Friday 3 July 2009
Here is what is coming up on tonight's programme:
From the web team:
British Foreign Secretary David Miliband has said he is "urgently seeking clarification" of the announcement by a senior Iranian cleric that local staff working at Britain's Tehran embassy will face trial.
Nine embassy staff were held in Tehran last weekend. Britain says all but two have now been freed. Today Ahmad Jannati from Iran's Guardian Council said of the still detained members of staff: "Naturally they will be put on trial, they have made confessions."
Tonight we will be discussing the British-Iranian relationship and why the UK has replaced the United States as the bete noir of Iranian hardline rhetoric.
Also tonight, Palin for President? Not if some in her party have anything to do with it.
We report from Washington on the Republicans who want to destroy Sarah Palin despite her popularity with the party's grassroots.
And Andy Murray's Britishness - is his relationship with the English just a marriage of convenience?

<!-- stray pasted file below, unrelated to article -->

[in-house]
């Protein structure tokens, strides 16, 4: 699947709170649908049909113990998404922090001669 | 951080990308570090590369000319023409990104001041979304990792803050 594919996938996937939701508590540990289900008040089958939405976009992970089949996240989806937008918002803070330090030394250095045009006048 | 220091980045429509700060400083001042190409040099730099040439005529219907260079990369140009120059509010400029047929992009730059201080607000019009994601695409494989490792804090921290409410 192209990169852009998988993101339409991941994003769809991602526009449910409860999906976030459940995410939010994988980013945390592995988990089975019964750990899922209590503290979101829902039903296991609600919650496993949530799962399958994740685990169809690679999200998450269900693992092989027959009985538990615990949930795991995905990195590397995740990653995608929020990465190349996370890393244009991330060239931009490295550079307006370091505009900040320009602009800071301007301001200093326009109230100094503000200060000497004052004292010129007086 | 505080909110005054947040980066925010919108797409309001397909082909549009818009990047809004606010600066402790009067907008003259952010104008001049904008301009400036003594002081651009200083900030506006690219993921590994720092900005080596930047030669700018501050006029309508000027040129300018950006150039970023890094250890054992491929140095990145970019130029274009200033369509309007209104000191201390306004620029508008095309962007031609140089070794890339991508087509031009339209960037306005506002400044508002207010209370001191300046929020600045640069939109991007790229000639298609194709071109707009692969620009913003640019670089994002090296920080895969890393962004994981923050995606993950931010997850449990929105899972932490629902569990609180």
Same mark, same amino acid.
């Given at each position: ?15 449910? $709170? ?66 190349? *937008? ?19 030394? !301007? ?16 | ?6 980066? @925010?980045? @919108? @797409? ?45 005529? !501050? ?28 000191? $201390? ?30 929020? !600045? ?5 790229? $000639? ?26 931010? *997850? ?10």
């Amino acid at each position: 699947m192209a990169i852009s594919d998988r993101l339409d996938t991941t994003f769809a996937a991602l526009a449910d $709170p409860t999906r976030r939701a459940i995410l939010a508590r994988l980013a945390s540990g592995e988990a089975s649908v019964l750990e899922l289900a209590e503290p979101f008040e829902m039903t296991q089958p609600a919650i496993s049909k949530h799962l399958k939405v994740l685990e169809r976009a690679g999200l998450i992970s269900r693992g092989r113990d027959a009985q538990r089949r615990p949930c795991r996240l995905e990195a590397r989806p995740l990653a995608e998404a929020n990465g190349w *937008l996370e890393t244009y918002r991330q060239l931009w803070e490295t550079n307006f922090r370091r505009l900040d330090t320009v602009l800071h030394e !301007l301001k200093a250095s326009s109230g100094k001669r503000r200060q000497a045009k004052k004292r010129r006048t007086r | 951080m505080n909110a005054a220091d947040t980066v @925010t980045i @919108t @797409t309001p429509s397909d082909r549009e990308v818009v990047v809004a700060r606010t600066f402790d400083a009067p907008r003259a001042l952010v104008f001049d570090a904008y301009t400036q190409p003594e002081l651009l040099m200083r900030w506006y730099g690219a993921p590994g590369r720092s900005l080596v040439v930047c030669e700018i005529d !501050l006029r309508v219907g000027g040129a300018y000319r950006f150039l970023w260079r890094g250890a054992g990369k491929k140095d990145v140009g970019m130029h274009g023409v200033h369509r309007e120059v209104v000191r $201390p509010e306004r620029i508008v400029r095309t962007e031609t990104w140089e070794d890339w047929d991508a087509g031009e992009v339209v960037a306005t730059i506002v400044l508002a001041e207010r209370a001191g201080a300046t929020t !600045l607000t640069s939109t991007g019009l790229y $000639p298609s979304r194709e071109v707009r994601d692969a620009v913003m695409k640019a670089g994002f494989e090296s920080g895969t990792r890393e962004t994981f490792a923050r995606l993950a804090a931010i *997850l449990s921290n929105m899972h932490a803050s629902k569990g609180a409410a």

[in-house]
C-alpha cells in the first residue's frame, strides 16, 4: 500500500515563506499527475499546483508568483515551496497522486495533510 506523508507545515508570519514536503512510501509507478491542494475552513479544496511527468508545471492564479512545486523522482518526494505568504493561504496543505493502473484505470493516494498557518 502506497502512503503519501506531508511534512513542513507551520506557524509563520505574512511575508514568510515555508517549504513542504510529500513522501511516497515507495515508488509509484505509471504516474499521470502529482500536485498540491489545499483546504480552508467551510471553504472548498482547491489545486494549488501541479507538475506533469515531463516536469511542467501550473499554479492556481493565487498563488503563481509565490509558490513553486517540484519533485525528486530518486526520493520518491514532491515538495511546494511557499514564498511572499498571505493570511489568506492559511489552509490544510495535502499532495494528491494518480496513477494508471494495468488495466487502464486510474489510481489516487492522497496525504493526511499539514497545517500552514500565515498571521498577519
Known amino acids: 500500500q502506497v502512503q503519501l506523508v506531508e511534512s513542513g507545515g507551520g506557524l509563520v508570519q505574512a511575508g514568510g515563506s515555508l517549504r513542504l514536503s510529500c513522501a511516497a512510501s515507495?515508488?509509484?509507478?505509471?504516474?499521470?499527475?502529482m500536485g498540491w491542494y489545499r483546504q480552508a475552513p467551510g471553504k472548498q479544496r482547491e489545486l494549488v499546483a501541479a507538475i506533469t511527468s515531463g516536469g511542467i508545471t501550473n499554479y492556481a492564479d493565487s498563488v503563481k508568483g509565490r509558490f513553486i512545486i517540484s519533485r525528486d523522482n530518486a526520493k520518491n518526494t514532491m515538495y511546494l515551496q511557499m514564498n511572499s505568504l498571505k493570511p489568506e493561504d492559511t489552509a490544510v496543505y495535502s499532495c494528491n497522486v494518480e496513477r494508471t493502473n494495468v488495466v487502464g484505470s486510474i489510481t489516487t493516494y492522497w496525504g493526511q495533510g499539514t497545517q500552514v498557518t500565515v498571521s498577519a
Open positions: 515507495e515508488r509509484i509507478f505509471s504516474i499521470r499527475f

And here's Kirsty Wark with what is coming up on Newsnight Review:
And then on Review, is the Iran of our imagination the real Iran?
It is one of the oldest civilizations, has an extraordinarily young population, is one of the most literate countries in the world, and is a cultural cornucopia.
In the UK the cultural response to the post-election uprising was swift.
On Wednesday the Royal Court theatre mounted a powerful short "scratch" production distilled from the millions of Twitter "tweets" from Iran and beyond.
We'll be talking about the impact of technology in closed societies with our guests Jonathan Freedland, Baroness Haleh Afshar and Iranian writer Azadeh Moaveni.
We'll be revisiting two of the most powerful accounts of modern Iran, the Oscar-nominated film Persepolis by Marjane Satrapi, based on her graphic novel, and Azar Nafisi's bestselling Reading Lolita In Tehran.
Shirin is the new film from the Iranian arthouse director Abbas Kiarostami in which we watch 100 Iranian women as they watch a filmed performance of a 12th Century Persian poem about Shirin the Queen of Armenia.
And more on the impact of the net when revolution threatens to destabilise closed societies.
The film Burma VJ is the account of the pro-democracy uprisings in Burma in 2007 as told by citizen journalists with forbidden cameras.
Do join us for all that and more.